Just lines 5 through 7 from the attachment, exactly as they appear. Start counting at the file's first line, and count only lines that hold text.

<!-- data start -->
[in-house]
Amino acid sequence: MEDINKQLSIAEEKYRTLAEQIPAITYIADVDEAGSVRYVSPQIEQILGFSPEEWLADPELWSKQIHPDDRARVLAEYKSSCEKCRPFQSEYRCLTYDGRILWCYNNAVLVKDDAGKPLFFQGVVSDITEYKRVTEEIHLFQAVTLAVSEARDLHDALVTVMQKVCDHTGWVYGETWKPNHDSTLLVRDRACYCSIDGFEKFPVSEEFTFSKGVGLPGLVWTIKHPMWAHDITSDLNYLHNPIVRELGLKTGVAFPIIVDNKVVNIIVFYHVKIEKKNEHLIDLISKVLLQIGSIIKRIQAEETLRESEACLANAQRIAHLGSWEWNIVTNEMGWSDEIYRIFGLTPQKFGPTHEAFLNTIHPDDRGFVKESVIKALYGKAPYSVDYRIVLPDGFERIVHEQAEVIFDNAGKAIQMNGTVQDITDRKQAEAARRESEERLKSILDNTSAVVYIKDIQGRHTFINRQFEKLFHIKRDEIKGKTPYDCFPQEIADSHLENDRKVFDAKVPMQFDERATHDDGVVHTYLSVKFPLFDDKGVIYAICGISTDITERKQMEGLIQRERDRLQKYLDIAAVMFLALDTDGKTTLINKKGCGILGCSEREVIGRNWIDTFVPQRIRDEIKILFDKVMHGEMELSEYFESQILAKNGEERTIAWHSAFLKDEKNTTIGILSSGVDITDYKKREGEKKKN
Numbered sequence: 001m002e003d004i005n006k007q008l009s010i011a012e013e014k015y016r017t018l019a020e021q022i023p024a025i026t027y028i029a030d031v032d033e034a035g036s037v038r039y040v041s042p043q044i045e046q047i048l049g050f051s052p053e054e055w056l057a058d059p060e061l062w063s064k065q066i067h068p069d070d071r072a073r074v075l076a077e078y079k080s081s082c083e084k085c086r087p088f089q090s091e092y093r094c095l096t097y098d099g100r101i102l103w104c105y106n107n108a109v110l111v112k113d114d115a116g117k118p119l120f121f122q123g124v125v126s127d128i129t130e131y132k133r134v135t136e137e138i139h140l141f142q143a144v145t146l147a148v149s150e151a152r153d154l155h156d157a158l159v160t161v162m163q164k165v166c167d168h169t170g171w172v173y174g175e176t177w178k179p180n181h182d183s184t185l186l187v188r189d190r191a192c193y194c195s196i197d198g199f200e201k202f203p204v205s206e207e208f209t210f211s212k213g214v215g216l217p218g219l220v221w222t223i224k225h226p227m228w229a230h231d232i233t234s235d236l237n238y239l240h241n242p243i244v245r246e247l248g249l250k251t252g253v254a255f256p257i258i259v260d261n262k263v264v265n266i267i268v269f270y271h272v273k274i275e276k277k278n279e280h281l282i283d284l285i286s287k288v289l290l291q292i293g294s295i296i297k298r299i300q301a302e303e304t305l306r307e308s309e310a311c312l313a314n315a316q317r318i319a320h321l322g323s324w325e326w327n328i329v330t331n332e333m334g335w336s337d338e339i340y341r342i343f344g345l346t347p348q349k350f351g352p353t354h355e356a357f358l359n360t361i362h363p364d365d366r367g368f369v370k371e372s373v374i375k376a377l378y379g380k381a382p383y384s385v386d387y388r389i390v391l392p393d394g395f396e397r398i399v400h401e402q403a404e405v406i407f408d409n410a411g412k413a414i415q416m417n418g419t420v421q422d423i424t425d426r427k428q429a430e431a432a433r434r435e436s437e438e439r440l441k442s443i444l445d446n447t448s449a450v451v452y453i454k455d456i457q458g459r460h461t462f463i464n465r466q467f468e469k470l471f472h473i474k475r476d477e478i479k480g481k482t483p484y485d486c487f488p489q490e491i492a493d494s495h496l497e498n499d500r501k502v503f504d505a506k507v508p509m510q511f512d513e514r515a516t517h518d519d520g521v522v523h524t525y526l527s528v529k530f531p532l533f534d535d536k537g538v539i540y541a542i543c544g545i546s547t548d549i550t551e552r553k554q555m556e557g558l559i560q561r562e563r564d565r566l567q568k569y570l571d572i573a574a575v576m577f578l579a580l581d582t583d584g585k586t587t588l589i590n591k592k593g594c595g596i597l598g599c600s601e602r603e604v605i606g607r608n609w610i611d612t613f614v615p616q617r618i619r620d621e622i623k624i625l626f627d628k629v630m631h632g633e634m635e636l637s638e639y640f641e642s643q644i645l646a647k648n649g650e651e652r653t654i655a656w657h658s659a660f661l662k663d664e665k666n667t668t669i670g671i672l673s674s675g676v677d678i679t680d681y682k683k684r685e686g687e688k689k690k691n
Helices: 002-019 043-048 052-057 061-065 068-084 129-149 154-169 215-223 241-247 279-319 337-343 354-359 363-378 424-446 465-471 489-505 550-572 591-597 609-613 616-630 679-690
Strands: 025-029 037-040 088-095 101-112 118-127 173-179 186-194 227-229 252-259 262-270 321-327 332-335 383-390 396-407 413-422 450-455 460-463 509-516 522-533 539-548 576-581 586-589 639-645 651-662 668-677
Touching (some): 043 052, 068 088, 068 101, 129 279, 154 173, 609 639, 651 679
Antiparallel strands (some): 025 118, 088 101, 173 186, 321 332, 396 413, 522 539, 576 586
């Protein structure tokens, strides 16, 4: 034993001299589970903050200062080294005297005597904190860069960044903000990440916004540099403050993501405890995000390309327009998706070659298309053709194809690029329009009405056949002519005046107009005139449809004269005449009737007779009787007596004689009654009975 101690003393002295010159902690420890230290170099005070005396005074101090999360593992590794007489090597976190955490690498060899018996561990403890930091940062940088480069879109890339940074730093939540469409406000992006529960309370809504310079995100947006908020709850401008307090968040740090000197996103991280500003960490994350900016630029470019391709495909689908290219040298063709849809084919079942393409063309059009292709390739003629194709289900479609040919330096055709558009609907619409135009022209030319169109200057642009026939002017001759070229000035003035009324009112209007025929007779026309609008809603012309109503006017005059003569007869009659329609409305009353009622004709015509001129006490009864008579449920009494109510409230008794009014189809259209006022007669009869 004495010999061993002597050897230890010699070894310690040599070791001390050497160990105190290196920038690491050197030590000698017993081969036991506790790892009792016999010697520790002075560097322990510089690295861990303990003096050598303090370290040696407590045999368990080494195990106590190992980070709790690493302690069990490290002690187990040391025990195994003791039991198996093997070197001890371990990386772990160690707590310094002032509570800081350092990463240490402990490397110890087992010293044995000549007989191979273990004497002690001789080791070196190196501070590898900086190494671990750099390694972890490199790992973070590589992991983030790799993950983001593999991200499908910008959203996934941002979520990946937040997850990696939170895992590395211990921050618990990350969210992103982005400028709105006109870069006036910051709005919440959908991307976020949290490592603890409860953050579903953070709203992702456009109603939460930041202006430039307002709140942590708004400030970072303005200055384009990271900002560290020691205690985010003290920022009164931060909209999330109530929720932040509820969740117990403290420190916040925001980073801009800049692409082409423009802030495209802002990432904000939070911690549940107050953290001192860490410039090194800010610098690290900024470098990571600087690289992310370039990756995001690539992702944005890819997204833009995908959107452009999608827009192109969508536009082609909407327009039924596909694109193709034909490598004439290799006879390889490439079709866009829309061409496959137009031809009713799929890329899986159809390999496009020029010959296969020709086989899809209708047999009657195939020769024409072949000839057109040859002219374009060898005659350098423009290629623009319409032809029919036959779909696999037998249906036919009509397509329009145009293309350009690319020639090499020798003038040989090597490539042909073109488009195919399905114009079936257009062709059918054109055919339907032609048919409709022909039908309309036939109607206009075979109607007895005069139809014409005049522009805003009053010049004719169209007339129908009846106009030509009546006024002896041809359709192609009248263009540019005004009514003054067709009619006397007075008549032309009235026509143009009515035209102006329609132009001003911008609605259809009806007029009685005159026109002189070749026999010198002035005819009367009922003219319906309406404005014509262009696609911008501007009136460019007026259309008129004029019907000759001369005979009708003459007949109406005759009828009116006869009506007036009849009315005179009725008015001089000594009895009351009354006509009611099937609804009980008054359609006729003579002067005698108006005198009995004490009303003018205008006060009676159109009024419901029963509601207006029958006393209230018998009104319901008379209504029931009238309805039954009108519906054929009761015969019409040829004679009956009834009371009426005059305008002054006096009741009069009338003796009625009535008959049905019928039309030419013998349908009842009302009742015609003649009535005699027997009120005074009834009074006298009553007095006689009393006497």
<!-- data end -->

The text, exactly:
Strands: 025-029 037-040 088-095 101-112 118-127 173-179 186-194 227-229 252-259 262-270 321-327 332-335 383-390 396-407 413-422 450-455 460-463 509-516 522-533 539-548 576-581 586-589 639-645 651-662 668-677
Touching (some): 043 052, 068 088, 068 101, 129 279, 154 173, 609 639, 651 679
Antiparallel strands (some): 025 118, 088 101, 173 186, 321 332, 396 413, 522 539, 576 586